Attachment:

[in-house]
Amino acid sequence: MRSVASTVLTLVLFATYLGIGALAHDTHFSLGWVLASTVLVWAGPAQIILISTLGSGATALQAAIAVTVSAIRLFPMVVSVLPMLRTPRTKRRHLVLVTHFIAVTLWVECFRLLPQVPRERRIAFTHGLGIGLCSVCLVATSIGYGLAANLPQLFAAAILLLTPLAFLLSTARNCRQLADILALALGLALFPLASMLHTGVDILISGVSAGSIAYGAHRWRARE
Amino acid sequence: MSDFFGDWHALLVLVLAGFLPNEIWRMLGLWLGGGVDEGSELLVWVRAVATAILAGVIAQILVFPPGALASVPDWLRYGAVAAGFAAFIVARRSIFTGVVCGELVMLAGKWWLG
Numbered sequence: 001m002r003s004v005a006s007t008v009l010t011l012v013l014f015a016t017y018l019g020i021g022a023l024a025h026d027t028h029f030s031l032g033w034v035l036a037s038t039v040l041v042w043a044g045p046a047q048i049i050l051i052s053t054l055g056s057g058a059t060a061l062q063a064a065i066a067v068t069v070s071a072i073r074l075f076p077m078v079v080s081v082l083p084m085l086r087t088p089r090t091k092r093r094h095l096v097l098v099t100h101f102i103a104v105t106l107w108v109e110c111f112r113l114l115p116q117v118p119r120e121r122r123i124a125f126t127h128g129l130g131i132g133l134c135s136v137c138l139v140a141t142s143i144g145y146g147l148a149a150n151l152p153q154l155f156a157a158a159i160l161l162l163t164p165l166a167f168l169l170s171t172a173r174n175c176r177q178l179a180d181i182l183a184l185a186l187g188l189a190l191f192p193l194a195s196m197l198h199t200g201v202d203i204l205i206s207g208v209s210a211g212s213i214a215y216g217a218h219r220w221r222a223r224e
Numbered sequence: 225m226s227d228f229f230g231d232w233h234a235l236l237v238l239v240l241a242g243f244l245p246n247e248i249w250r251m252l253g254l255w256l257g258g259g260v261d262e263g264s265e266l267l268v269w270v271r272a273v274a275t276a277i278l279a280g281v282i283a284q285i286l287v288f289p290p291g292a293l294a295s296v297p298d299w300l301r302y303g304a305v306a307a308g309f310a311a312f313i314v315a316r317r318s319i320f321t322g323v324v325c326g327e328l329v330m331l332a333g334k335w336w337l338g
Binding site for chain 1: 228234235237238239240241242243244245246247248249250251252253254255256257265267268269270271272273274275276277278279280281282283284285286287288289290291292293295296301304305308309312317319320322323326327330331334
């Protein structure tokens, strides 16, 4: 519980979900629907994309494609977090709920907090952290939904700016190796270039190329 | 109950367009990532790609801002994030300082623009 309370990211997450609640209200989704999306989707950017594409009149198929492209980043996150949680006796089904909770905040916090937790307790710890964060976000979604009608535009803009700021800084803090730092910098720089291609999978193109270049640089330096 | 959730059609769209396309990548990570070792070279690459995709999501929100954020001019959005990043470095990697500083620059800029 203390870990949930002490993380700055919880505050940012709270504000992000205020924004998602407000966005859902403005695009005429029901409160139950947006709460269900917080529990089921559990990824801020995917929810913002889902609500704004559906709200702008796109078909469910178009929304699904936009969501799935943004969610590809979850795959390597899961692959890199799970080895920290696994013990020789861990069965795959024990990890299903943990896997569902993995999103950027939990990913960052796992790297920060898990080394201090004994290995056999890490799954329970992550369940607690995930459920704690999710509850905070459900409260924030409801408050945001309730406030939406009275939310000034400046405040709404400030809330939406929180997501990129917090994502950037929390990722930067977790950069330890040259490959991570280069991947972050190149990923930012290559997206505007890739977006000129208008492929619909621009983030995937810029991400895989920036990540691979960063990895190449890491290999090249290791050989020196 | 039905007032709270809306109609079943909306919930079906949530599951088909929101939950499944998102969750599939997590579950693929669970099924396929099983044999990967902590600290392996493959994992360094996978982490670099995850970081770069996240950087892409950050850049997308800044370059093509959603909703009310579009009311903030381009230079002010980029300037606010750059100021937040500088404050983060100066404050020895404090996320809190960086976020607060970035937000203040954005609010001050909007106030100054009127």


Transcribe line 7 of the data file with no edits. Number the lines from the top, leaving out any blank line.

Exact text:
């Protein structure tokens, strides 16, 4: 519980979900629907994309494609977090709920907090952290939904700016190796270039190329 | 109950367009990532790609801002994030300082623009 309370990211997450609640209200989704999306989707950017594409009149198929492209980043996150949680006796089904909770905040916090937790307790710890964060976000979604009608535009803009700021800084803090730092910098720089291609999978193109270049640089330096 | 959730059609769209396309990548990570070792070279690459995709999501929100954020001019959005990043470095990697500083620059800029 203390870990949930002490993380700055919880505050940012709270504000992000205020924004998602407000966005859902403005695009005429029901409160139950947006709460269900917080529990089921559990990824801020995917929810913002889902609500704004559906709200702008796109078909469910178009929304699904936009969501799935943004969610590809979850795959390597899961692959890199799970080895920290696994013990020789861990069965795959024990990890299903943990896997569902993995999103950027939990990913960052796992790297920060898990080394201090004994290995056999890490799954329970992550369940607690995930459920704690999710509850905070459900409260924030409801408050945001309730406030939406009275939310000034400046405040709404400030809330939406929180997501990129917090994502950037929390990722930067977790950069330890040259490959991570280069991947972050190149990923930012290559997206505007890739977006000129208008492929619909621009983030995937810029991400895989920036990540691979960063990895190449890491290999090249290791050989020196 | 039905007032709270809306109609079943909306919930079906949530599951088909929101939950499944998102969750599939997590579950693929669970099924396929099983044999990967902590600290392996493959994992360094996978982490670099995850970081770069996240950087892409950050850049997308800044370059093509959603909703009310579009009311903030381009230079002010980029300037606010750059100021937040500088404050983060100066404050020895404090996320809190960086976020607060970035937000203040954005609010001050909007106030100054009127």